Show simple item record

dc.contributor.authorKoch, S.
dc.contributor.authorPettigrew, S.
dc.contributor.authorStrickland, M.
dc.contributor.authorSlevin, Terry
dc.contributor.authorMinto, C.
dc.identifier.citationKoch, S. and Pettigrew, S. and Strickland, M. and Slevin, T. and Minto, C. 2016. Sunscreen Increasingly Overshadows Alternative Sun-Protection Strategies. Journal of Cancer Education. 32 (3): pp. 528–531.

The present study assessed perceptions of effective sun-protection strategies among the general public and whether these perceptions have changed in recent years. During five summers from 2007/2008 to 2011/2012, 4217 adolescents and adults living in a region with very high levels of solar UV radiation participated in annual, cross-sectional telephone surveys. Respondents’ perceptions of the most effective sun-protection strategy were measured with a single open-ended question. In all survey years, sunscreen was the by far most frequently nominated sun-protection strategy, with an average mention rate of 71.0 %. The tendency to nominate sunscreen increased significantly over the 5-year study period and on average, was more common among adolescents compared to adults (81.6 vs 60.0 %) and females compared to males (73.6 vs 68.3 %). Despite respondents’ increasing tendency to nominate sunscreen as the most effective sun-protection strategy, health experts have voiced concerns about flawed application practices. Current sun-protection hierarchies indicate that protective clothing and shade are better options.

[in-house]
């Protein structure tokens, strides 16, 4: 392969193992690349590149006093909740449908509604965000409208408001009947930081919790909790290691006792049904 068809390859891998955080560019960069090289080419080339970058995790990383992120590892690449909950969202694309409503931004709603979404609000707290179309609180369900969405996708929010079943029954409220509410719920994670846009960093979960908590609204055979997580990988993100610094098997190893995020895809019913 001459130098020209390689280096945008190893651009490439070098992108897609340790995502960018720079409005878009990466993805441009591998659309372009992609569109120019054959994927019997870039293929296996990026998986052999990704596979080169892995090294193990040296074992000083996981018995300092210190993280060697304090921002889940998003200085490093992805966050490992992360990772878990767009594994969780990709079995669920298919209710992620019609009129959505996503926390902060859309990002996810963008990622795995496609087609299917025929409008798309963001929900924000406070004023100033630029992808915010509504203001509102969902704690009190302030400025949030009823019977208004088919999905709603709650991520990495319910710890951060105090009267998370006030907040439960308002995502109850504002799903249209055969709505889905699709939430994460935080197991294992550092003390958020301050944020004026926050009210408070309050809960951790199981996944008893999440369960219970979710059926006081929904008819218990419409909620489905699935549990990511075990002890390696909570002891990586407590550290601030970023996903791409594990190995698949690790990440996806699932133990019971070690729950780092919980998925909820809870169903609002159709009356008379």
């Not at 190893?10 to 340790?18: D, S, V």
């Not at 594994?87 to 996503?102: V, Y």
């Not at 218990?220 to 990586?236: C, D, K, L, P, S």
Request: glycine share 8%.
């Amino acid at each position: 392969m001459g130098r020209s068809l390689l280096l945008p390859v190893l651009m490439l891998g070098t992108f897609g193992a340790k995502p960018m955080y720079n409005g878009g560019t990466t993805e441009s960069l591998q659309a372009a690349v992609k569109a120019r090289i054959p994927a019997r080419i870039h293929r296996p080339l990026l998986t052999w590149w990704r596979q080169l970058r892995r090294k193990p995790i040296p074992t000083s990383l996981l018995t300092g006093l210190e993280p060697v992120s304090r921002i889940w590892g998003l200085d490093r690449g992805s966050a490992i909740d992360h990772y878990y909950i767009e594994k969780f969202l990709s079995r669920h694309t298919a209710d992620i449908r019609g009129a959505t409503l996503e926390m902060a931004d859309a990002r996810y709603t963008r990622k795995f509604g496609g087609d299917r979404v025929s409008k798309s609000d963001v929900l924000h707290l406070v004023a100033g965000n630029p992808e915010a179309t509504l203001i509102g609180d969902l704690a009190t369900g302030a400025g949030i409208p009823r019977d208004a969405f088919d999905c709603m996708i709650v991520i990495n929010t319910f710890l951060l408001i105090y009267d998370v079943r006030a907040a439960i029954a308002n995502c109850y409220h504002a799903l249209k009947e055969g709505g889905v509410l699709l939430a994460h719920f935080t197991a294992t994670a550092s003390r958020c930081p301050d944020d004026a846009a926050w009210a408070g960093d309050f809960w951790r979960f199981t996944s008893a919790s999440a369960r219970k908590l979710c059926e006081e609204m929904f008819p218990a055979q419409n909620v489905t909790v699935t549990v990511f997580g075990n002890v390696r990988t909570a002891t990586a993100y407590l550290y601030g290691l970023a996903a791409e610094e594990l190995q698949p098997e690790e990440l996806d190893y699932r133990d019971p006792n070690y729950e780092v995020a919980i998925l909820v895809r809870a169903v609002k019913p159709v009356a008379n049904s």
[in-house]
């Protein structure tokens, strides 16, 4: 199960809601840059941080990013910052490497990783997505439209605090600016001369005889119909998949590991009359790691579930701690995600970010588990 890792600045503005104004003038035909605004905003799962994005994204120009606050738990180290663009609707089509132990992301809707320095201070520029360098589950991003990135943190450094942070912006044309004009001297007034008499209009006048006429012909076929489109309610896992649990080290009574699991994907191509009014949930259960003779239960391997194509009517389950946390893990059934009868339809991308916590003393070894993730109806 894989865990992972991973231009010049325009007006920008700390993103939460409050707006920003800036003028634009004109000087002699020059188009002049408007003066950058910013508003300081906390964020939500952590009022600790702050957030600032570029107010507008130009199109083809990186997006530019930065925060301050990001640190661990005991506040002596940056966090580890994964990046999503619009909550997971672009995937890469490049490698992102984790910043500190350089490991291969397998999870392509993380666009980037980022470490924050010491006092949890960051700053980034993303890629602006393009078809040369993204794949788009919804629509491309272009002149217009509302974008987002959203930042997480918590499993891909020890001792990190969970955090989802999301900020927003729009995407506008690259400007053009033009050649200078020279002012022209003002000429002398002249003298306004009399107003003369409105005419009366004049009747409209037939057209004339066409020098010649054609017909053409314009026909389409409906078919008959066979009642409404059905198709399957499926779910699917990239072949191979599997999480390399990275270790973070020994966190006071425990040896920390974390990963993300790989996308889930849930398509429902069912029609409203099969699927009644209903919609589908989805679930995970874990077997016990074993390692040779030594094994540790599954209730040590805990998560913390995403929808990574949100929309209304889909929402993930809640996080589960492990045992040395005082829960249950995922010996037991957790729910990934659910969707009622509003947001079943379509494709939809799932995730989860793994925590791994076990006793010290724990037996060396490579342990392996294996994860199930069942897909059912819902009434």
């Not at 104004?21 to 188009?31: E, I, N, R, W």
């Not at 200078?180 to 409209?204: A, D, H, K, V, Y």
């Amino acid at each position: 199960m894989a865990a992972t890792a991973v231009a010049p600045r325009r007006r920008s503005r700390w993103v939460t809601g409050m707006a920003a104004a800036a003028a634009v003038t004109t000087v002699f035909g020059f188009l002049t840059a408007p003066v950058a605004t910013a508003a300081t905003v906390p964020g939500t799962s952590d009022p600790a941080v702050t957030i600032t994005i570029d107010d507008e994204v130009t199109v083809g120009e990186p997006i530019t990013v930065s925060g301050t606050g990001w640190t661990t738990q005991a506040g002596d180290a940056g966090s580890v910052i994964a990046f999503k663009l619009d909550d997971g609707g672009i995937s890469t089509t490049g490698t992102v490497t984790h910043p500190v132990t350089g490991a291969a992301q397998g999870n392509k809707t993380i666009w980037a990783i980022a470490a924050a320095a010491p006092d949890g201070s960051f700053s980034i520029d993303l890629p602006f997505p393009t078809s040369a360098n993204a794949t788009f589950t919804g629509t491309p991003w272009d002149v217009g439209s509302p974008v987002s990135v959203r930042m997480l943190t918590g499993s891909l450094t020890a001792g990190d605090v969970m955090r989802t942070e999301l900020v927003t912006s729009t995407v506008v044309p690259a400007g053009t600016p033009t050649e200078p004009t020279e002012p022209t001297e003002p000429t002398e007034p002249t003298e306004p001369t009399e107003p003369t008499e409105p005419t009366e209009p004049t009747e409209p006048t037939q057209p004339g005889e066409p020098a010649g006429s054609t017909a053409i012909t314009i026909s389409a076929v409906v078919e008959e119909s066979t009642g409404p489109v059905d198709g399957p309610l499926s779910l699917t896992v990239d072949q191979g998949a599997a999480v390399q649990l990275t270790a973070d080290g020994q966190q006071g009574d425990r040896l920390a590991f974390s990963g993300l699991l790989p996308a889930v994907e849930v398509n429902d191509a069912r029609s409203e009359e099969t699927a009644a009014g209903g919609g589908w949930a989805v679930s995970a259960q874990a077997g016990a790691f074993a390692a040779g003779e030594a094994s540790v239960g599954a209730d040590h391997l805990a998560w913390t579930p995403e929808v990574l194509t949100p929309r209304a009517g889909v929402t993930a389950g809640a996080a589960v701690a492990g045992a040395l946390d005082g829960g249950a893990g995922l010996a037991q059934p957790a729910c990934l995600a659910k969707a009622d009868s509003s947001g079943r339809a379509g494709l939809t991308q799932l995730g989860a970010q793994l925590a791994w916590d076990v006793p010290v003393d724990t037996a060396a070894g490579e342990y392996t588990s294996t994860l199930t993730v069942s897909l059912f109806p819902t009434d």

dc.titleSunscreen Increasingly Overshadows Alternative Sun-Protection Strategies
dc.typeJournal Article
dcterms.source.titleJournal of Cancer Education
curtin.departmentSchool of Psychology and Speech Pathology
curtin.accessStatusFulltext not available

Files in this item


There are no files associated with this item.

This item appears in the following Collection(s)

Show simple item record